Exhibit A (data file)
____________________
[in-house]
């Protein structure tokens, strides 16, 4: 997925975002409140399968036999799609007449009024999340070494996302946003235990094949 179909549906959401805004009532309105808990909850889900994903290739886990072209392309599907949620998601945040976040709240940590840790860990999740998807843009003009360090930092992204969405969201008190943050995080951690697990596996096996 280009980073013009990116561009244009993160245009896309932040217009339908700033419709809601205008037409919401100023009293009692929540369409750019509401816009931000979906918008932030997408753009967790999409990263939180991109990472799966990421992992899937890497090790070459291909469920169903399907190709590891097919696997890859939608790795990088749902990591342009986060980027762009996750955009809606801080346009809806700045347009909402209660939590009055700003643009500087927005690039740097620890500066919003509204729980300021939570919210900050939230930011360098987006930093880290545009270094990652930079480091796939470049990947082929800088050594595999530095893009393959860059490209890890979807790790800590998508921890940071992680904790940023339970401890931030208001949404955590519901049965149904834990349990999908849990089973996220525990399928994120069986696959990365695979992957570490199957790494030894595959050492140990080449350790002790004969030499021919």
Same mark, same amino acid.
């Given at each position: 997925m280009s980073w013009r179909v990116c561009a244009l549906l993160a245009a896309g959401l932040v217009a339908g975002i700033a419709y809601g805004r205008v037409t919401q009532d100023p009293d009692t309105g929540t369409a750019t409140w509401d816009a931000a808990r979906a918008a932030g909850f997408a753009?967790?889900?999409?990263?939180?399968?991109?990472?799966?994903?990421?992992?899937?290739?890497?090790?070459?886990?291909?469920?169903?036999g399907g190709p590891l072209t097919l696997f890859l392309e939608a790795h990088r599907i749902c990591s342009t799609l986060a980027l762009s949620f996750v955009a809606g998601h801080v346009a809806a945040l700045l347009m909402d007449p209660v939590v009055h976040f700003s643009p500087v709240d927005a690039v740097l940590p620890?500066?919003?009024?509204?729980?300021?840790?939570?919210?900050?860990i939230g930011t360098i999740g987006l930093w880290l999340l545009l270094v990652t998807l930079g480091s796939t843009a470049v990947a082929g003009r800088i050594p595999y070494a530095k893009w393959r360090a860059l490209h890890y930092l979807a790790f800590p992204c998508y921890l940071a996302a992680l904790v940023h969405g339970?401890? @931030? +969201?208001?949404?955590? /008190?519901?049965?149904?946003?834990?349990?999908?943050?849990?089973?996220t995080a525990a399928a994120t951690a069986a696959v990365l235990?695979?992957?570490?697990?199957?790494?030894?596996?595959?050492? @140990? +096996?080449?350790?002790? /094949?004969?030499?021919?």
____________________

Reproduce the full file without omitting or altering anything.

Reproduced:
[in-house]
């Protein structure tokens, strides 16, 4: 997925975002409140399968036999799609007449009024999340070494996302946003235990094949 179909549906959401805004009532309105808990909850889900994903290739886990072209392309599907949620998601945040976040709240940590840790860990999740998807843009003009360090930092992204969405969201008190943050995080951690697990596996096996 280009980073013009990116561009244009993160245009896309932040217009339908700033419709809601205008037409919401100023009293009692929540369409750019509401816009931000979906918008932030997408753009967790999409990263939180991109990472799966990421992992899937890497090790070459291909469920169903399907190709590891097919696997890859939608790795990088749902990591342009986060980027762009996750955009809606801080346009809806700045347009909402209660939590009055700003643009500087927005690039740097620890500066919003509204729980300021939570919210900050939230930011360098987006930093880290545009270094990652930079480091796939470049990947082929800088050594595999530095893009393959860059490209890890979807790790800590998508921890940071992680904790940023339970401890931030208001949404955590519901049965149904834990349990999908849990089973996220525990399928994120069986696959990365695979992957570490199957790494030894595959050492140990080449350790002790004969030499021919």
Same mark, same amino acid.
């Given at each position: 997925m280009s980073w013009r179909v990116c561009a244009l549906l993160a245009a896309g959401l932040v217009a339908g975002i700033a419709y809601g805004r205008v037409t919401q009532d100023p009293d009692t309105g929540t369409a750019t409140w509401d816009a931000a808990r979906a918008a932030g909850f997408a753009?967790?889900?999409?990263?939180?399968?991109?990472?799966?994903?990421?992992?899937?290739?890497?090790?070459?886990?291909?469920?169903?036999g399907g190709p590891l072209t097919l696997f890859l392309e939608a790795h990088r599907i749902c990591s342009t799609l986060a980027l762009s949620f996750v955009a809606g998601h801080v346009a809806a945040l700045l347009m909402d007449p209660v939590v009055h976040f700003s643009p500087v709240d927005a690039v740097l940590p620890?500066?919003?009024?509204?729980?300021?840790?939570?919210?900050?860990i939230g930011t360098i999740g987006l930093w880290l999340l545009l270094v990652t998807l930079g480091s796939t843009a470049v990947a082929g003009r800088i050594p595999y070494a530095k893009w393959r360090a860059l490209h890890y930092l979807a790790f800590p992204c998508y921890l940071a996302a992680l904790v940023h969405g339970?401890? @931030? +969201?208001?949404?955590? /008190?519901?049965?149904?946003?834990?349990?999908?943050?849990?089973?996220t995080a525990a399928a994120t951690a069986a696959v990365l235990?695979?992957?570490?697990?199957?790494?030894?596996?595959?050492? @140990? +096996?080449?350790?002790? /094949?004969?030499?021919?």